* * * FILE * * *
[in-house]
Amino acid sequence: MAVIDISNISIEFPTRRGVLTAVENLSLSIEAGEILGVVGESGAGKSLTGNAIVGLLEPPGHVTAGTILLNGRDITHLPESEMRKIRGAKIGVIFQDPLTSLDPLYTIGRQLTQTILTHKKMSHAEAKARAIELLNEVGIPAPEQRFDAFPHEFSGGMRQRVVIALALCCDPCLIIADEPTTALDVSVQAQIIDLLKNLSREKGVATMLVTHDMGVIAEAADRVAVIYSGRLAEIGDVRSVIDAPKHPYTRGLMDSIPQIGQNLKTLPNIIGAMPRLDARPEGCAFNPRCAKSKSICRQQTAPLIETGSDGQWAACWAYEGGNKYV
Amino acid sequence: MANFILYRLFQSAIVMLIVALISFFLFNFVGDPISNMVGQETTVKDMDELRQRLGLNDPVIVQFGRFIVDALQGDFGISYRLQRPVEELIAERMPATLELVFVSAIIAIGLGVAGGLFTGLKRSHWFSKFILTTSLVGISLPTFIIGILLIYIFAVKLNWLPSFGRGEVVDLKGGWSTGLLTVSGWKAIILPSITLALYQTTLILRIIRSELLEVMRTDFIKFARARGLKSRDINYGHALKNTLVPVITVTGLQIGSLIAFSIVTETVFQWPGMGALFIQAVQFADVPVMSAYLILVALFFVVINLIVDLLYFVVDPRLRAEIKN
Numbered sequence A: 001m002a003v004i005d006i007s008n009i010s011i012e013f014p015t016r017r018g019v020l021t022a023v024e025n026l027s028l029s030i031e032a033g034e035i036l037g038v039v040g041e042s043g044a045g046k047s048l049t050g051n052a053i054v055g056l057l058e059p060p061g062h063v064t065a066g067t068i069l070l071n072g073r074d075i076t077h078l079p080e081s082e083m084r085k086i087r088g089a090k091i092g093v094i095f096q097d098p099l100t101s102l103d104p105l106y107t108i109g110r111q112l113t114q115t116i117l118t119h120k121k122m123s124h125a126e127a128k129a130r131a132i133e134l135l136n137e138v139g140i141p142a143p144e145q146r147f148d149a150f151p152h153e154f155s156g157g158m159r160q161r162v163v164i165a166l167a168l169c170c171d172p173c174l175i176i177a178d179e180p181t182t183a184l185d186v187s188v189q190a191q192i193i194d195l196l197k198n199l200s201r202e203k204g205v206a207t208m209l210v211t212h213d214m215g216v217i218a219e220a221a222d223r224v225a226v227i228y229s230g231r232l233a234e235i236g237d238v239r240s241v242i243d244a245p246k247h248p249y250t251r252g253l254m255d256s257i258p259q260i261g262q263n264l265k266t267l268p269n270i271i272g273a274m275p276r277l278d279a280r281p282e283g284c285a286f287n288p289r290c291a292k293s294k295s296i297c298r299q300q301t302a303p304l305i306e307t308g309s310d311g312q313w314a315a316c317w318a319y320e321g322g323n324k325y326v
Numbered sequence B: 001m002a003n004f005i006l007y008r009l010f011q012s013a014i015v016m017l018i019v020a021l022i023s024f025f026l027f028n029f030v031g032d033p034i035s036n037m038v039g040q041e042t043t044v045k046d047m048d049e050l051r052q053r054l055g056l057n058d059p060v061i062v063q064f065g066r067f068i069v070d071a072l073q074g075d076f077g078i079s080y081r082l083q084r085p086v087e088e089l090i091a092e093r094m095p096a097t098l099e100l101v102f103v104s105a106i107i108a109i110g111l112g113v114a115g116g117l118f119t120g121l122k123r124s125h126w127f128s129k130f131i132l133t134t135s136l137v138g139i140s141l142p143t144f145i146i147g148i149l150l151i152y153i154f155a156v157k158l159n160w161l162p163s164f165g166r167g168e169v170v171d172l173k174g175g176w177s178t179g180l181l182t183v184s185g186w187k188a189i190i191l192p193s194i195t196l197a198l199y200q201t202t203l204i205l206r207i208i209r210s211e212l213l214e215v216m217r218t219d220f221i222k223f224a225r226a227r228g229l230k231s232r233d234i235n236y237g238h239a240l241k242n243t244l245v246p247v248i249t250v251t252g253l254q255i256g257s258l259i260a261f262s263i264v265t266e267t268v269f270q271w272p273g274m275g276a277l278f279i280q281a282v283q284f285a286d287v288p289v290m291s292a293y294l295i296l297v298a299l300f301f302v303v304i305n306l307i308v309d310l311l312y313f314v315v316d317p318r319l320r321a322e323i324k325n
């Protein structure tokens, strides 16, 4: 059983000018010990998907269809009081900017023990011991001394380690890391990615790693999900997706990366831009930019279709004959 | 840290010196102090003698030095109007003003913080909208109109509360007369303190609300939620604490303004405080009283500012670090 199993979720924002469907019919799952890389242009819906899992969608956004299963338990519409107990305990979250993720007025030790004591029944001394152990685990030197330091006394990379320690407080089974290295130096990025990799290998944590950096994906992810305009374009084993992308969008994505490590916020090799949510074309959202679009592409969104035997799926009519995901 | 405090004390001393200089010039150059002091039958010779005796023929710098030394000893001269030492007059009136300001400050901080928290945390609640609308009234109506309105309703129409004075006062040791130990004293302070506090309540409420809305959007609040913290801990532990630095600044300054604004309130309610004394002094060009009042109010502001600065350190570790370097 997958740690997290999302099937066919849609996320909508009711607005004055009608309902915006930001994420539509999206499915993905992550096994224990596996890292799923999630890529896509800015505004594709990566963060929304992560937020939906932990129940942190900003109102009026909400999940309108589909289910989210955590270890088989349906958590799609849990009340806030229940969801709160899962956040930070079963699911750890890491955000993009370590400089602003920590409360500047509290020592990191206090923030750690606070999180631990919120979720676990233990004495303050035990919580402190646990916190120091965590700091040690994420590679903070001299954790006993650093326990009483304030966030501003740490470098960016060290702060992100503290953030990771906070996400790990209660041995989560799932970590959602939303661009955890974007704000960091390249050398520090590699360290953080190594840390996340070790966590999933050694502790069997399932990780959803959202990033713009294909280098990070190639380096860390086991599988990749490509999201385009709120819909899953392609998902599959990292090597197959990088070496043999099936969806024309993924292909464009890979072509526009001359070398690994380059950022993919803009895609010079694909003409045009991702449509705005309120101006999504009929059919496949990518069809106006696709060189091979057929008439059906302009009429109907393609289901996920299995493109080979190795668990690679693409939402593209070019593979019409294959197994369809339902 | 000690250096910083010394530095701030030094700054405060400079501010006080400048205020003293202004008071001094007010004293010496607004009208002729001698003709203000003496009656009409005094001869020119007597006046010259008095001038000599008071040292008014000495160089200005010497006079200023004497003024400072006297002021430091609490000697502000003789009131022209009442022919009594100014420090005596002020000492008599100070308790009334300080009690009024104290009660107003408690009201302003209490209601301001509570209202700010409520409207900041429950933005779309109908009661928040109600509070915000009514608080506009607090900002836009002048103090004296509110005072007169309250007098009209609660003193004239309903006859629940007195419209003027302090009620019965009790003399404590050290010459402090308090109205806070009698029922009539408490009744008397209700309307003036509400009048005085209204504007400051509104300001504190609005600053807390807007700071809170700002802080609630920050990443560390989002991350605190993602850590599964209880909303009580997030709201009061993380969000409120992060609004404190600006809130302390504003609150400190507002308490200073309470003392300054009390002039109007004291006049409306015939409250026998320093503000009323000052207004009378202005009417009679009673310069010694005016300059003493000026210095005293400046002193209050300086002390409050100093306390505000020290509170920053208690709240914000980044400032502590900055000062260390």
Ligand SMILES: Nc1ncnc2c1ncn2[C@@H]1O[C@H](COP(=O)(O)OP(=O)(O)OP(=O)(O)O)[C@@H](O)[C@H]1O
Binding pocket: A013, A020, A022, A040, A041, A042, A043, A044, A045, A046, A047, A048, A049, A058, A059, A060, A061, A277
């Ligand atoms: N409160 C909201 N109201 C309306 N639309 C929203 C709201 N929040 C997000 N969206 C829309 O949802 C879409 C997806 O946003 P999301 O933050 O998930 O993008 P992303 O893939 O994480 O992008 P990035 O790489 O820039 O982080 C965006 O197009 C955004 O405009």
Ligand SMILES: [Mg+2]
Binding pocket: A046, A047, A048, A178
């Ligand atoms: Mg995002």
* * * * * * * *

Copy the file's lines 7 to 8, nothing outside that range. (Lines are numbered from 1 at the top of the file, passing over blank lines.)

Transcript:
Ligand SMILES: Nc1ncnc2c1ncn2[C@@H]1O[C@H](COP(=O)(O)OP(=O)(O)OP(=O)(O)O)[C@@H](O)[C@H]1O
Binding pocket: A013, A020, A022, A040, A041, A042, A043, A044, A045, A046, A047, A048, A049, A058, A059, A060, A061, A277